Exelixis Ends Phase III Trial Early Due to ‘Dramatic’ Benefits in Neuroendocrine Tumors

Pictured: Exelixis headquarters/Company courtesy

Pictured: Exelixis headquarters/Company courtesy

Exelixis on Thursday announced it was unblinding and stopping the pivotal Phase III CABINET trial ahead of schedule, following “dramatic improvement in efficacy” in patients treated with its tyrosine kinase inhibitor Cabometyx (cabozantinib).

The decision to stop the trial early is in line with the recommendation of the Independent Data and Safety Monitoring Board of the Alliance for Clinical Trials in Oncology, which found that Cabometyx treatment led to a significantly longer time without disease progression or death in patients with advanced pancreatic and extra-pancreatic neuroendocrine tumors (NET).

There is currently no standard of care for patients with these tumors who progress after initial treatment, according to Will Berg, Exelixis’ senior vice president for medical affairs. With its strong performance in CABINET, Cabometyx’s could potentially provide these patients with a new treatment option. The company will discuss the study’s findings with the FDA, Berg said.

CABINET is a randomized, double-blinded and placebo-controlled study that enrolled 290 patients, of whom 93 had pancreatic NET and 197 had extra-pancreatic NET. The study’s primary endpoint was progression-free survival (PFS), while key secondary efficacy endpoints included overall survival and radiographic response rate.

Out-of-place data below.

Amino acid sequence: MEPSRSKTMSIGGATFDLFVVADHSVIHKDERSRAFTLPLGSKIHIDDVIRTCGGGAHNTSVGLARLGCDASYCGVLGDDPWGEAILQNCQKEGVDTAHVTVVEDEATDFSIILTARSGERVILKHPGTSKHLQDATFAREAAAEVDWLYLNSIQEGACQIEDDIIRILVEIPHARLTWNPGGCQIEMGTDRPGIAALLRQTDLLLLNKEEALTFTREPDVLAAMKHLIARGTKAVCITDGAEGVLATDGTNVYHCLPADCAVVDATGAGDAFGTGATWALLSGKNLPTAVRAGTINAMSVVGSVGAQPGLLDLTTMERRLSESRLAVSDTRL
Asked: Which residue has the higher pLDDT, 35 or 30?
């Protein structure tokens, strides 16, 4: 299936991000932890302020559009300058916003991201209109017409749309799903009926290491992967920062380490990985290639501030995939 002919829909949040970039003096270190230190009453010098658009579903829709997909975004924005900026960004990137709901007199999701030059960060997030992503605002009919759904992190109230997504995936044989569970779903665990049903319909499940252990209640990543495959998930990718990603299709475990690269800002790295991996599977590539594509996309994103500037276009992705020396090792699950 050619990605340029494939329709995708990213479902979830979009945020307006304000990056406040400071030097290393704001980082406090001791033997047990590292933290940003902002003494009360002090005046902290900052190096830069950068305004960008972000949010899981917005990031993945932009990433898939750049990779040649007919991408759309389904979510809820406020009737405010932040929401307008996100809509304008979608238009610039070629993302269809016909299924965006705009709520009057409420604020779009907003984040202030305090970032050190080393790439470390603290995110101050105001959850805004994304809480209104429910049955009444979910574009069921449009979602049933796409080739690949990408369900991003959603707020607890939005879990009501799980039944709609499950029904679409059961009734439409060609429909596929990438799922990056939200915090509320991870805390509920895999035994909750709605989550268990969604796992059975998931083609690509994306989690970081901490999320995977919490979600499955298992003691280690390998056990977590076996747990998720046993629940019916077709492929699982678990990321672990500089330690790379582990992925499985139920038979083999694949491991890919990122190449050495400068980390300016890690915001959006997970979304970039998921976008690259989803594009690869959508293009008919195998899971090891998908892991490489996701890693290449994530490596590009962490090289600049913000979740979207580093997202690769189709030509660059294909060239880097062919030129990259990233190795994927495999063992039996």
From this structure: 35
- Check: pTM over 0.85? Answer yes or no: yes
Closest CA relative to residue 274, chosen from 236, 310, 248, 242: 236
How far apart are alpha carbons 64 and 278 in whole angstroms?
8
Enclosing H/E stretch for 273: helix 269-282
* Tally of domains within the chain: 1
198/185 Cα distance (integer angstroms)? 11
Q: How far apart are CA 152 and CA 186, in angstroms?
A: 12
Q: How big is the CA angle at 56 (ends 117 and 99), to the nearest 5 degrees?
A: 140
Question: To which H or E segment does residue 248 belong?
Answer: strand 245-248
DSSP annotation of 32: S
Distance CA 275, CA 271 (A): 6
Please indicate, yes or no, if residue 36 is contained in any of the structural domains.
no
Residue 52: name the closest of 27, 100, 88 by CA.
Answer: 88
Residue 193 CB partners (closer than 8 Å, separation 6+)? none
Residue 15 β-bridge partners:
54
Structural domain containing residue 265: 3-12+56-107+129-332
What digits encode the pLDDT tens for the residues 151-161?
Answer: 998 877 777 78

In terms of safety, CABINET did not detect any new signals of concern and Cabometyx’s adverse event profile was consistent with what had been established in prior studies.

Cabometyx is a tyrosine kinase inhibitor that works by blocking the MET, AXL and VEGF proteins, all key drivers of tumorigenesis, according to Exelixis’ website. In turn, Cabometyx interferes with crucial cancer functions—such as metastasis and the formation of new blood vessels in the tumor’s environment—while also making cancer cells more sensitive to the immune response.

On Monday, this mechanism of action notched Cabometyx a late-stage victory in metastatic castration-resistant prostate cancer when used in combination with Roche’s PD-1/PD-L1 blocker Tecentriq (atezolizumab). In the Phase III CONTACT-02 study, the combination regimen led to a significant improvement in PFS, though only a trend toward better overall survival was reported.

Roche and Exelixis are trialing the Tecentriq-Cabometyx combo in several cancer indications and have sustained two Phase III defeats so far: in non-small cell lung cancer in December 2022 and in renal cell carcinoma in March 2023.

Cabometyx won its first FDA approval in April 2016 for advanced renal cell carcinoma and it has since picked up indications in hepatocellular carcinoma and thyroid cancer.

Tristan Manalac is an independent science writer based in Metro Manila, Philippines. He can be reached at tristan@tristanmanalac.com or tristan.manalac@biospace.com.

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